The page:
After the defeat of proposed amendments to permit hunting under Grimsby’s “Discharge of Firearms and Bows” at last Council in October, it appears after some “reconsideration” that at least one Councillor thought permitting hunting was suddenly a good idea.
In only what could be called a procedural comedy of errors, Councillor Charrois first attempted to get the discharge issue on the table for changes from the approval of the last Council meeting minutes. The 2/3rds vote required to do so was not achieved.
It appears everyone in Council including the Clerk was confused by the issue, as reconsideration of any “matter previously decided” requires a special procedure, including a “Notice of Motion”:
Councillor Charrois failed to provide the Notice of Motion given the matter had been dealt with and decided on October 16th. Had the process been properly followed, then the public could make delegations on the matter, but the “Charrois Surprise” short-circuited public input.
Not following the Procedural By-law is contrary to the Council Code of Conduct but may also open the By-law to potential quashing under the Municipal Act
The proposed and approved amendment to the draft by-law was to permit hunting using bows south of Ridge Road by landowners and those who they give permission to, translation, everybody. More troubling is that the amendment was so general, it did not even take into consideration safety issues such as distance from trails or other sensitive uses or specific penalties.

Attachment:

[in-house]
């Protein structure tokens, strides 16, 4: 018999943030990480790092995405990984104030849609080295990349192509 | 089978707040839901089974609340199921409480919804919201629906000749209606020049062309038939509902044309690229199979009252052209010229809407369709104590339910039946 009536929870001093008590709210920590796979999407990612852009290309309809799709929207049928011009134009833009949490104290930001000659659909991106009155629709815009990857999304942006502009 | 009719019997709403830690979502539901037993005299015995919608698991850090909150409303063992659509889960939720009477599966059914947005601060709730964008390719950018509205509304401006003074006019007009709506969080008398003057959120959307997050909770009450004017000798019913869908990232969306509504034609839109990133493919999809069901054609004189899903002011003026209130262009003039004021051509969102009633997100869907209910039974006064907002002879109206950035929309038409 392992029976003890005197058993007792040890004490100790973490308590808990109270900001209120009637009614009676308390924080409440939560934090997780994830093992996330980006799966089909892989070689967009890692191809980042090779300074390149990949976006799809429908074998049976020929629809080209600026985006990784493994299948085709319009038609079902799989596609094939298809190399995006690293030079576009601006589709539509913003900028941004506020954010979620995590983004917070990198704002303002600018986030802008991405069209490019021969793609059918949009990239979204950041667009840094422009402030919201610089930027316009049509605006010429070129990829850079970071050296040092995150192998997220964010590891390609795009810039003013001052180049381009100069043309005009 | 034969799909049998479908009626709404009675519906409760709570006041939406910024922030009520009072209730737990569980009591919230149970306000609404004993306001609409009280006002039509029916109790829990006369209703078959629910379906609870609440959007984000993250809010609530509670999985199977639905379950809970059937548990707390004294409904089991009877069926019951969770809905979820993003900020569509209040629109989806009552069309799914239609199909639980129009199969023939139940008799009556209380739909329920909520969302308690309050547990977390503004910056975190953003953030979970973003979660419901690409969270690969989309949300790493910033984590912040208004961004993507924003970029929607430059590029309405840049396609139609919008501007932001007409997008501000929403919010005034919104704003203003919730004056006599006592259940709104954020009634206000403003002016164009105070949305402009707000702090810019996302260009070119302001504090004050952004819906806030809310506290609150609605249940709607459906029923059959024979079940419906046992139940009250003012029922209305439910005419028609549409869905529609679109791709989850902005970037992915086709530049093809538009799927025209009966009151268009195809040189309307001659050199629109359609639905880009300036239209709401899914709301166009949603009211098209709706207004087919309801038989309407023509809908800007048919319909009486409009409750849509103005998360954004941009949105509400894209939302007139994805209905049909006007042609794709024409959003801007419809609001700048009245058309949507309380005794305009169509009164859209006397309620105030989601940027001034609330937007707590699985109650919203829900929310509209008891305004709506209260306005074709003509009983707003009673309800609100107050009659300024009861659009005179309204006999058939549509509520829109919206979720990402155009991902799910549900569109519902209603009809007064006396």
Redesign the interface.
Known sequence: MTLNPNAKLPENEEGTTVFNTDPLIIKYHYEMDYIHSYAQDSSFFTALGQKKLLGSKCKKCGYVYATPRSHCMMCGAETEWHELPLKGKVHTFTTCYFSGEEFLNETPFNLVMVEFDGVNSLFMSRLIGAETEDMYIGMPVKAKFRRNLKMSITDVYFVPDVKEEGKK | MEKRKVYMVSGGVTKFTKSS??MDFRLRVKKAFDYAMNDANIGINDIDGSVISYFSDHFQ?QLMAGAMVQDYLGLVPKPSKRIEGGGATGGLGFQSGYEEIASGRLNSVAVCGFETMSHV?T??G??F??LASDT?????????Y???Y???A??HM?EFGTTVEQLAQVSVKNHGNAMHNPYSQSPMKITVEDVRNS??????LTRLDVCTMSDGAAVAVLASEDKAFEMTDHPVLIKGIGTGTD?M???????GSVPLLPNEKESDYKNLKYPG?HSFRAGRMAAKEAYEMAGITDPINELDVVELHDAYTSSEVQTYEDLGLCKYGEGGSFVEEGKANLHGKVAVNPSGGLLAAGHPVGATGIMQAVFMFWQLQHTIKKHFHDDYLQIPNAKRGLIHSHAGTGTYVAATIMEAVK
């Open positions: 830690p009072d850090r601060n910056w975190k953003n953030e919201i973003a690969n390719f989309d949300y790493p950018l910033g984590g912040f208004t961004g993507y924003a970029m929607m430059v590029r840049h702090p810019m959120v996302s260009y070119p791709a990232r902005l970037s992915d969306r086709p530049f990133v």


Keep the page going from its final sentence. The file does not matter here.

Once discussion was achieved, the issue of enforcement was primarily raised, which Henry Boese, a Town By-law Officer, enthusiastically addressed that they could handle this type of matter.
The amended By-law was initially voted on with the following recorded 5-4 vote:
YEA to Bow Hunting – Baradziej, Charrois, Davoli, DiFlavio, Howe
NO to Any Hunting – Freake, Korstanje, Vardy, Jordan
After the vote, there was a ruckus at Town Hall with the minority, but vocal hunting group, going up to Mr. Boese in apparent and puzzling joy. There was so much noise and raising of voices, that it required the Clerk to call for order in the Council Chambers.
This “tweaking” of this By-law to permit bow-hunting sounds curiously familiar. In the January 13, 2022 edition of NewsNow, it stated that the whole Discharge of Firearms circus was triggered by a previous Councillor who got bow hunting permitted… and it spiraled from there.
So here we go again. The multi-million dollar hunting groups and lobbyists will no doubt be after the Town, plying their tired charlatan lines of “gun hunting is safer than riding a bicycle” as an attempt to put their foot in the door that has been opened once again by the Charrois’ amendment.
With landowners and whomever they give permission permitted to use bows now on the table, often seen as the most cruelest form of hunting, it could entail underground commercial enterprise of “hunt for cash” on the escarpment. Expect the firearms folk to say “me too” with Lake Ontario also in their sights.
As the old adage says, “those who forget history are condemned to repeat it”.